Deep-rooted abandonment issues leave most orphans highly susceptible to shame-based psychology (for a complete list of opportune moments to obliterate the esteem of test subjects, please consult Training Video #89-D, "You'd Perform This Test Better if You Had Parents"). Recent advances in the use of scorn, flattery used in an ironic context and naked contempt as motivational tools have yielded similarly profitable results.
c. Psychiatric Patients
Past experience shows these fellows are simply not shy at all about carrying on, disrupting tests and defecating just about anywhere that pleases them. Frankly, it is off-putting, and small wonder why Aperture-brand mental institutions are being phased out in favor of more orphanages.
Frail, brittle hands make holding science devices difficult. Most were born before the advent of science, and can become confused and disoriented when asked to participate in relatively simple tests (teleportation, invisibility, adjusting esteem levels of orphan children).
- Cave Johnson (Founder and CEO, 1943 - late 1980s)
- Caroline (secretary, Cave Johnson's successor; late 1980s - unknown)
- Doug Rattmann (programmer, technician)
- Henry (technician)
- GLaDOS (central core)
- Wheatley (Intelligence Dampening Sphere, Relaxation Center monitor)
- Jerry (nanobot)
- Test Subject #1: S.J. Nye (before Chell)
- Test Subject #2: Lazarus Grey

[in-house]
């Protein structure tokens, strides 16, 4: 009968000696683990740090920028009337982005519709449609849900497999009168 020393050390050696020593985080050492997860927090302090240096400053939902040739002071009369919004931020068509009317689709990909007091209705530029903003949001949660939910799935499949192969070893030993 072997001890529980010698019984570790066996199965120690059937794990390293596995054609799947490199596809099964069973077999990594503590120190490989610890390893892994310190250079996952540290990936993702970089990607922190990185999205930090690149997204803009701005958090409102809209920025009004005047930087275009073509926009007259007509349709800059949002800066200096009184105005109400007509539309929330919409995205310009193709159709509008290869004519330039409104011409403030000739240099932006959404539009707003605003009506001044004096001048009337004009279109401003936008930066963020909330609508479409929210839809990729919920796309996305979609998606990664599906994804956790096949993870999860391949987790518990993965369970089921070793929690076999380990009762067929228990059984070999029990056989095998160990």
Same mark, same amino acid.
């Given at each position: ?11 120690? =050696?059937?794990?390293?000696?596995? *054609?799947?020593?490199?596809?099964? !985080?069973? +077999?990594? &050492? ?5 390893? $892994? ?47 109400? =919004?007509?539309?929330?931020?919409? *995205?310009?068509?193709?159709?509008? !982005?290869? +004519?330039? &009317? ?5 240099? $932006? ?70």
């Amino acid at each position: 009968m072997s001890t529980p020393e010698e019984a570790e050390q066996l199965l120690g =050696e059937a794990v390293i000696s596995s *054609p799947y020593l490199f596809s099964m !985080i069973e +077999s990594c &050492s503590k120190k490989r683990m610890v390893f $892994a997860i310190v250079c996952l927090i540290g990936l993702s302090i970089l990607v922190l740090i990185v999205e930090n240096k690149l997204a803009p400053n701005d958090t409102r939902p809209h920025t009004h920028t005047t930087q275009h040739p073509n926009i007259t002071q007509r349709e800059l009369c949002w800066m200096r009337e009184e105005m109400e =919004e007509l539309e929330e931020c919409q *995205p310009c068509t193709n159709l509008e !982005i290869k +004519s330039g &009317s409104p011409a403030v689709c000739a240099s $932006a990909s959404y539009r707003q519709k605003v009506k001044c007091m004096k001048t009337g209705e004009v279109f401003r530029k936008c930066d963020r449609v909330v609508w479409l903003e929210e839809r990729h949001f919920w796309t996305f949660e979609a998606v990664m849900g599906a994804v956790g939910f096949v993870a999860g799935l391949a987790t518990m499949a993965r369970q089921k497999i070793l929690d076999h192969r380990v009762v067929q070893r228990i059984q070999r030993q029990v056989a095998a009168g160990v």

- Test Subject #3: Leve Rage
- Test Subject #4: Robert C. Knoll
- Test Subject #042
- Test Subject #234
- Test Subject #1489: Charles Cardoze
- Test Subject #1490: Phil Konig
- Test Subject #1491: Christopher M. Pham
- Test Subject #1492: Arsenio Navarro
- Test Subject #1493: William D. Kent
- Test Subject #1494: Al Anderson
- Test Subject #1495: Emily Naransky
- Test Subject #1496: David C. Self
- Test Subject #1497: Doug Hopper
- Test Subject #1498: Chell
- Test Subject #1499: Marc Meaux
- Test Subject #1500: Brenda Bogenschutz
- Test Subject #1501: James Murray
- Mel (cut)
- 1500 Megawatt Heavy Duty Super-Colliding Super Button
- Advanced Knee Replacement
- Aerial Faith Plate
- ATLAS and P-body
- The Borealis (containing yet to be revealed technology)
- Core Transfer Receptacle
- Edgeless Safety Cube
- Edgeless Safety Cube Receptacle
- Emergency Intelligence Incinerator
- Excursion Funnel
- Work on a Fuel System Icing Inhibitor
- Hard Light Bridge
- High Energy Pellet
- Long Fall Boot
- Material Emancipation Grid
- Military Android
- Mobility Gels: Cleansing Gel, Conversion Gel, Propulsion Gel, Repulsion Gel
- Party Escort Bot
- Personality Core (including Wheatley)
- Pipe Network
- Pneumatic Diversity Vent
- Cube Button
- Relaxation Chamber
- Relaxation Vault
- Security Camera
- Shower curtains (originally)
- Speaker System
- Work on teleportation, with the ASHPD and its portal creation
- Thermal Discouragement Beam
- Unstationary Scaffold
- Victory Lift
- Vital Apparatus Vent
- Weighted Pivot Cube
- Weighted Storage Cube
Aside from the famous experimental equipment such as the ASHPD, sentry turrets and various gels, Aperture Science conducted a number of research experiments over the course of its operation including:
- Attempting to reduce the water content of test subjects from sixty percent to around twenty or thirty percent through the use of jet engines.
- Using nanoparticles in the Mobility Gels to introduce "experimental genes and RNA molecules" into Test Subject's tumours caused by the facility itself.
- Using invisible lasers to turn Test Subject's blood into gasoline, apparently unnoticeable to the person unless directly observed.
- Introducing Fluorescent Calcium into Test Subjects through the blood to track the neuronal activity in their brain.